One of the major reasons for the selection of George Washington as "commander-in-chief" came from his past. Washington had gained significant respect for his actions while serving in the French and Indian War. Upon arrival at the Second Continental Congress, Washington was appointed to a number of committees regarding the military.
Washington was also selected based on the fact that he was from Virginia. It was believed by a number of congressmen from the New England area, where much of the early fighting had occurred, that the leader of their forces should be someone from outside the area in order to create an actual Continental Army. They felt that appointing Washington to such a high position would also lead to greater involvement from Virginia, which at the time was the most populous colony, and also carried with it significant wealth.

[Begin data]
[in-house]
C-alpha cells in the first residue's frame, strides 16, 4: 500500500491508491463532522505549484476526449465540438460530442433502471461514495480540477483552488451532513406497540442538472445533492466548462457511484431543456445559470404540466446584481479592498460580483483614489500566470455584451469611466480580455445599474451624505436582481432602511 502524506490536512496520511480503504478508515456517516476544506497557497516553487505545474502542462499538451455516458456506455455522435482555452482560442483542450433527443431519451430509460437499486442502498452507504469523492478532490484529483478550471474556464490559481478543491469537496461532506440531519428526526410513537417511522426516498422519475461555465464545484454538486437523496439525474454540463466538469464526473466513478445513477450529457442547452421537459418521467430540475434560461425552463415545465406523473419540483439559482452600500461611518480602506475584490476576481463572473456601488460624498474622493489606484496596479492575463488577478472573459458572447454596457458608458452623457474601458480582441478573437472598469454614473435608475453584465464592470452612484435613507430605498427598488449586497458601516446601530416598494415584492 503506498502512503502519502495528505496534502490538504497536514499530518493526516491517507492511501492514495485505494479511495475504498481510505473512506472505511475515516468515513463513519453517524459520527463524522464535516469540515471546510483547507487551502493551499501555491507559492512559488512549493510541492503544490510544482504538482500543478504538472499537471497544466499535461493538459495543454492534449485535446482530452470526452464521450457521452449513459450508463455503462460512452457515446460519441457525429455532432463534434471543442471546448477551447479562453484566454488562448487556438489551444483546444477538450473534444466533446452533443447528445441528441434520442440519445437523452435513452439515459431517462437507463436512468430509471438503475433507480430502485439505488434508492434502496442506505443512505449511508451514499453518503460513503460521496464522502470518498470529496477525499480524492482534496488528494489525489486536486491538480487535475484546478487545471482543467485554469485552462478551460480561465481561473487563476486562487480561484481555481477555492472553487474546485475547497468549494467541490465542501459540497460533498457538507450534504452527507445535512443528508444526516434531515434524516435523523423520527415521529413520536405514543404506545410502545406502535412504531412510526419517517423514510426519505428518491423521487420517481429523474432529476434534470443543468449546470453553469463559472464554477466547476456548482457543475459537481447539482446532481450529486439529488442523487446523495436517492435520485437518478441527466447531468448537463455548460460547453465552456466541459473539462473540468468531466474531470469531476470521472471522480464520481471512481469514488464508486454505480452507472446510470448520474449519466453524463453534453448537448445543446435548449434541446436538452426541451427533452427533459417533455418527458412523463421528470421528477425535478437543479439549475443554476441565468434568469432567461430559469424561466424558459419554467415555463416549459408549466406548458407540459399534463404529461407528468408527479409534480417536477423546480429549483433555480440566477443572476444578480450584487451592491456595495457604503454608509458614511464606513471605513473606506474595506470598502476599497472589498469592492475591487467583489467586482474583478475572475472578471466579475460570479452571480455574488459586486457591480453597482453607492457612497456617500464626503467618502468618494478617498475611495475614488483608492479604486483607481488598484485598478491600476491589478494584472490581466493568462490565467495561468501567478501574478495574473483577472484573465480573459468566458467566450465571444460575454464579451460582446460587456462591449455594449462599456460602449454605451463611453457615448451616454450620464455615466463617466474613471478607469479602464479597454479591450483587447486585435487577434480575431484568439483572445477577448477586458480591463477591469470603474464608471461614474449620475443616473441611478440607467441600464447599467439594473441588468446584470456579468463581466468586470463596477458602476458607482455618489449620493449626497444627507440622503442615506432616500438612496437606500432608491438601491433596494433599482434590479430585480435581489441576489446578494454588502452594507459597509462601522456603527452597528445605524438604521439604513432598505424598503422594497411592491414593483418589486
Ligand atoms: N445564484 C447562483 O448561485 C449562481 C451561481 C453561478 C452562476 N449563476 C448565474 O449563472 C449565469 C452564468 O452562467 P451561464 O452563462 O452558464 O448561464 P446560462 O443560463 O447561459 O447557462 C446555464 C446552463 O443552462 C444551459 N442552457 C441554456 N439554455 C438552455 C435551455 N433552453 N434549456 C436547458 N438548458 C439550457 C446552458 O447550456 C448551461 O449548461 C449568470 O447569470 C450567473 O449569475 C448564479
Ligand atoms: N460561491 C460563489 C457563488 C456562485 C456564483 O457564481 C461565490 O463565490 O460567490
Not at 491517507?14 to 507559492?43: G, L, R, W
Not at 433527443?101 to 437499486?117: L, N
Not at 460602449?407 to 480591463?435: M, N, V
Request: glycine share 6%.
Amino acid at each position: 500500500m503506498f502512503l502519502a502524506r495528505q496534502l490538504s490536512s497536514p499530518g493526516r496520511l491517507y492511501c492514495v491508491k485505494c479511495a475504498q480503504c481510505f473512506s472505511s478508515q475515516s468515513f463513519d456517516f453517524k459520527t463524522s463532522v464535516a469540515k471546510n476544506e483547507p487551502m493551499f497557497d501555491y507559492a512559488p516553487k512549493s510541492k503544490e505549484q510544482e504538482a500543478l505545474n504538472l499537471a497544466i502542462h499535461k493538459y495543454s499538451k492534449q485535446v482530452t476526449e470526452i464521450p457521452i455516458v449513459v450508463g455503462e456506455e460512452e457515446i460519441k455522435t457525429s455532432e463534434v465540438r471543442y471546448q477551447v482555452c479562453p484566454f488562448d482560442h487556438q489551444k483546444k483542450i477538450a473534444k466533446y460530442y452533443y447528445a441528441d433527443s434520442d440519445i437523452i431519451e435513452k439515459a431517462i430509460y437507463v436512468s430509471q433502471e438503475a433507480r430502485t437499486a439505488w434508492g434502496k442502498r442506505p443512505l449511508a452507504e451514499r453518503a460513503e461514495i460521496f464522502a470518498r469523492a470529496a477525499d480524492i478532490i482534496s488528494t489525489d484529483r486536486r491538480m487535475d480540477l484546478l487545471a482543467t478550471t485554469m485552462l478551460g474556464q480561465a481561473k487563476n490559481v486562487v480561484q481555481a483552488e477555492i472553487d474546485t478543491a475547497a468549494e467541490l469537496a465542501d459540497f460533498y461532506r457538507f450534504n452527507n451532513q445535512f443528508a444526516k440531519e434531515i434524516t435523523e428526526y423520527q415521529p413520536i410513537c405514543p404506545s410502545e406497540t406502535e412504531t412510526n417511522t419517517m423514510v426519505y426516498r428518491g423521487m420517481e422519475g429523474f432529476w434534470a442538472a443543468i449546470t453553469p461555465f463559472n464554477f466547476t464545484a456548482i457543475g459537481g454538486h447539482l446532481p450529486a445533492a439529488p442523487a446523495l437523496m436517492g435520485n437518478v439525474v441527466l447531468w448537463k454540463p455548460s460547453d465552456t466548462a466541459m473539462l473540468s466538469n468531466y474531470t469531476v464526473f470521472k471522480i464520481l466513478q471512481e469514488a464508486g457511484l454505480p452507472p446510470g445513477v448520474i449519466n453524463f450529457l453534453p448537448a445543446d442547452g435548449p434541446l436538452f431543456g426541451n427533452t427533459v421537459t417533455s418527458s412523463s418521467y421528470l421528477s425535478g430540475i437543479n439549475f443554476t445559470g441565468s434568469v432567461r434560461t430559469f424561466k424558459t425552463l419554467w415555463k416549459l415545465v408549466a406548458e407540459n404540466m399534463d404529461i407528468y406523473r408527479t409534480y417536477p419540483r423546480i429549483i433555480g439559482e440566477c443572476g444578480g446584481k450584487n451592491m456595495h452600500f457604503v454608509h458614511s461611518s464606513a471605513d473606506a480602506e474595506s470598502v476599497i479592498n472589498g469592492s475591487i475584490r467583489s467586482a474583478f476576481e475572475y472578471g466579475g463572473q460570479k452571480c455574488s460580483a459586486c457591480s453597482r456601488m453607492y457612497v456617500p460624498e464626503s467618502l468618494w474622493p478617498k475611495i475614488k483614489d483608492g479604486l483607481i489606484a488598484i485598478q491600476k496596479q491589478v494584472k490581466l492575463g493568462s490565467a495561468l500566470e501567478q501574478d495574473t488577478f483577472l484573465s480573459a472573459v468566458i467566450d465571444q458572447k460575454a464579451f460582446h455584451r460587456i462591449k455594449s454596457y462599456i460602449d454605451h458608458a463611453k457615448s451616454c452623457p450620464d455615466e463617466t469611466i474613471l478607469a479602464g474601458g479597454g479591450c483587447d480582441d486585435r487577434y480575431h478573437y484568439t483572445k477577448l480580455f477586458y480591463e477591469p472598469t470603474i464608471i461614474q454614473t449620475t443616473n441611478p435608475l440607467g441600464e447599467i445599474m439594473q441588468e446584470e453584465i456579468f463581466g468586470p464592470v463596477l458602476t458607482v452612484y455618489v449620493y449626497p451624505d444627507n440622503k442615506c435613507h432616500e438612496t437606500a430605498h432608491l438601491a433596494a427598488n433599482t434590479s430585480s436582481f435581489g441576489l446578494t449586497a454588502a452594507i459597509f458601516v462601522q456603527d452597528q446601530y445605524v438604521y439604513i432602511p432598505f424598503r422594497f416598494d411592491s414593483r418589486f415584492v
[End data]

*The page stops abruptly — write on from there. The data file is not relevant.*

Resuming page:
Another motivating factor for Washington being appointed to the Continental Congress was his age and physical health. Washington, who was forty-three at the time, was young and healthy enough to be able to handle the physical demands of a military campaign. In addition, Washington's height and strong build made him an imposing figure who commanded respect.